Least productive Congress? Not this one, barely

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WASHINGTON (AP) — It turns out that this Congress did not produce the fewest laws since the days of President Harry Truman. But it was pretty darn close.

Thanks to a late flurry of bill signings by President Barack Obama, the perpetually gridlocked Congress that just adjourned has had 296 bills enacted into law during its two years of work, according to congressional records.

That includes 51 that the White House says Obama signed on Thursday, and 10 more on Friday.

The 296 laws barely exceed the 283 enacted by the previous Congress, which began its two-year session in January 2011.

Both totals are the lowest in congressional records that date back to the 1940s.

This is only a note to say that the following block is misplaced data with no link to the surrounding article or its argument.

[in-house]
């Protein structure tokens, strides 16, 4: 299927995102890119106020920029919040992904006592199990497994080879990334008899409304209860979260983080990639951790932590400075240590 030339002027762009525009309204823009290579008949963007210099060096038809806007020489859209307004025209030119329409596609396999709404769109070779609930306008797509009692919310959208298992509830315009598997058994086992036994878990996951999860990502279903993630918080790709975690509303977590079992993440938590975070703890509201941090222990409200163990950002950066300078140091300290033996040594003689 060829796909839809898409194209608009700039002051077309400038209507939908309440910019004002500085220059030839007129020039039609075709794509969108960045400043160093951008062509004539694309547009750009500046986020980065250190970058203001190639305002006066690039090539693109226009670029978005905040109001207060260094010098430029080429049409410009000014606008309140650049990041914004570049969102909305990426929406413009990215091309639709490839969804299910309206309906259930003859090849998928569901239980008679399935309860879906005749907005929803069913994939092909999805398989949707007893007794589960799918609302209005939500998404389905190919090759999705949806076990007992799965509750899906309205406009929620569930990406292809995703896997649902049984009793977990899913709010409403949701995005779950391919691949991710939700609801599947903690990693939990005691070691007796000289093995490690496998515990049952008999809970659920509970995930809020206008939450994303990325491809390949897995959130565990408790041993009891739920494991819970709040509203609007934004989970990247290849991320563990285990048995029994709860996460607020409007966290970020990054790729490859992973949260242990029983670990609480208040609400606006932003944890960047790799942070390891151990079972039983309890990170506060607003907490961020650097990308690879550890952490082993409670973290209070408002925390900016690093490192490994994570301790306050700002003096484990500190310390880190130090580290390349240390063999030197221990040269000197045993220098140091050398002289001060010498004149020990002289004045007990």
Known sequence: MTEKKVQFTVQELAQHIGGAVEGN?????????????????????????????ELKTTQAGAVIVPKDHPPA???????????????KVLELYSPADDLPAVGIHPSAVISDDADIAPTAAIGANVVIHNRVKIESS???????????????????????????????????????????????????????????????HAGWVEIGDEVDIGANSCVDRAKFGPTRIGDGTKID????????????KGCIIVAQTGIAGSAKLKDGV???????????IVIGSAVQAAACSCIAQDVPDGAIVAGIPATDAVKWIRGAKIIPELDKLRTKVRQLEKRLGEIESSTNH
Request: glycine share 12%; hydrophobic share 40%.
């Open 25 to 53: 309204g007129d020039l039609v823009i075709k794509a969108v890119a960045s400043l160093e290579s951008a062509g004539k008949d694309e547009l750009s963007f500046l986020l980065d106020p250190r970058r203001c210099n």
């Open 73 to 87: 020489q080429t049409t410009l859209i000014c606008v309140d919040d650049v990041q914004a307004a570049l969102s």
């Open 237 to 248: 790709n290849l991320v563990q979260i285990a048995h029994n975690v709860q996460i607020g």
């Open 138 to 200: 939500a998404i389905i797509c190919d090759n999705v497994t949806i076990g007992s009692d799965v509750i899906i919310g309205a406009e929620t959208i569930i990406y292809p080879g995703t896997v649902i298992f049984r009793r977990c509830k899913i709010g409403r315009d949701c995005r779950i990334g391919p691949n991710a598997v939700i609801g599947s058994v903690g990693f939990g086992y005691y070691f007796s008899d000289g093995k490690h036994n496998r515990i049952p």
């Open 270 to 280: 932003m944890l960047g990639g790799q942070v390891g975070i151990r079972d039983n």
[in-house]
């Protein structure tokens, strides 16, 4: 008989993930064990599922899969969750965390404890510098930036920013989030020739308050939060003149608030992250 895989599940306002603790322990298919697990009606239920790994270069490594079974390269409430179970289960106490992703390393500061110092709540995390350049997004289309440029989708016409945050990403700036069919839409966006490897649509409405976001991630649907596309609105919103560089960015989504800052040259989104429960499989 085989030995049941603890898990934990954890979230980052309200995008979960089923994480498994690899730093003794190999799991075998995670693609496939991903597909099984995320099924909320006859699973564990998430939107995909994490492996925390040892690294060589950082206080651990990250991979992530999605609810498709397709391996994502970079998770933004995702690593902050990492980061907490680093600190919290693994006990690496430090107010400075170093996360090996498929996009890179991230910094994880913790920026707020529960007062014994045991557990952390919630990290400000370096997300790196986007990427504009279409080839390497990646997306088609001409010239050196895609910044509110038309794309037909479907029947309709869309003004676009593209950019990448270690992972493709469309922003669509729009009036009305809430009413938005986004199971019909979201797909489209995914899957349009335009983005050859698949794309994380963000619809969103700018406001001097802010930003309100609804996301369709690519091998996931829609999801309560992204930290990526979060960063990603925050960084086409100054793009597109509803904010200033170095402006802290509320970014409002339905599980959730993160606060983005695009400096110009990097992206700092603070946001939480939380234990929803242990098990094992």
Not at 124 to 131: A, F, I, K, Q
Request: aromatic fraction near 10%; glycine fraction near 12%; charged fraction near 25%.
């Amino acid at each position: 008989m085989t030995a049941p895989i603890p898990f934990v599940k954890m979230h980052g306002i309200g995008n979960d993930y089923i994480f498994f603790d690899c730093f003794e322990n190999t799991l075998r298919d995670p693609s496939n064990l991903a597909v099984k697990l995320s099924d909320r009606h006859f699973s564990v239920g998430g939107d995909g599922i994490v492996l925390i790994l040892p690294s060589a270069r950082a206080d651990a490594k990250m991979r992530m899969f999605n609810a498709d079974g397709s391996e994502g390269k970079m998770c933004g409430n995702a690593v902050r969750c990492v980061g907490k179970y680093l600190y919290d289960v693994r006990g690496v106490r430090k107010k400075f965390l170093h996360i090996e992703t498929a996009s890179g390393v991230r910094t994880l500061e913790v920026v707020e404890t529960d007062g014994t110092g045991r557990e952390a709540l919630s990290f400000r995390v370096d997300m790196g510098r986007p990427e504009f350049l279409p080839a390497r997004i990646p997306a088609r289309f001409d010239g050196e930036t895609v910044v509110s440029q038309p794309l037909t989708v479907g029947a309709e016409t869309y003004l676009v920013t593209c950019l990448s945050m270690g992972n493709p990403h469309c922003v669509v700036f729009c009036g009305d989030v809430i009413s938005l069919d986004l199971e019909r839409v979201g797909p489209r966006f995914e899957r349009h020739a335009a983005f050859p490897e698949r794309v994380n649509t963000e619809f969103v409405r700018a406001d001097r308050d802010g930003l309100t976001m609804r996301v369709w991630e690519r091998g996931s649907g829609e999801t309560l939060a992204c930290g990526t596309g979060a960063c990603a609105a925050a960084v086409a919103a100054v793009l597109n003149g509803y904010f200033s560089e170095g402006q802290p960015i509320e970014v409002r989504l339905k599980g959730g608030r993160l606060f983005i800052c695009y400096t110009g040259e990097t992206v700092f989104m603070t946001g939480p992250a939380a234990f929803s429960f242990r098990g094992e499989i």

They also pale compared to what Truman called the "do-nothing Congress" of 1947 and 1948, which had more than 900 measures enacted.

The recent lack of productivity can be explained in part by divided government: Republicans have controlled the House and Democrats have run the Senate, and the two chambers have ignored many of each other's priorities.

As usual, the bills approved as Congress adjourned include a mix of important and — well, less important measures.

Obama has signed hard-fought bills financing government agencies through next September and renewing a batch of expiring tax breaks for corporations and individuals.

He also signed legislation naming a post office in Prescott, Arizona, after the late GOP presidential candidate Sen. Barry Goldwater, R-Ariz.; naming a stretch of Interstate 35 in Minnesota after the late Rep. James Oberstar, D-Minn.; and raising the cost of federal duck stamps sold to hunters and others from $15 to $25.

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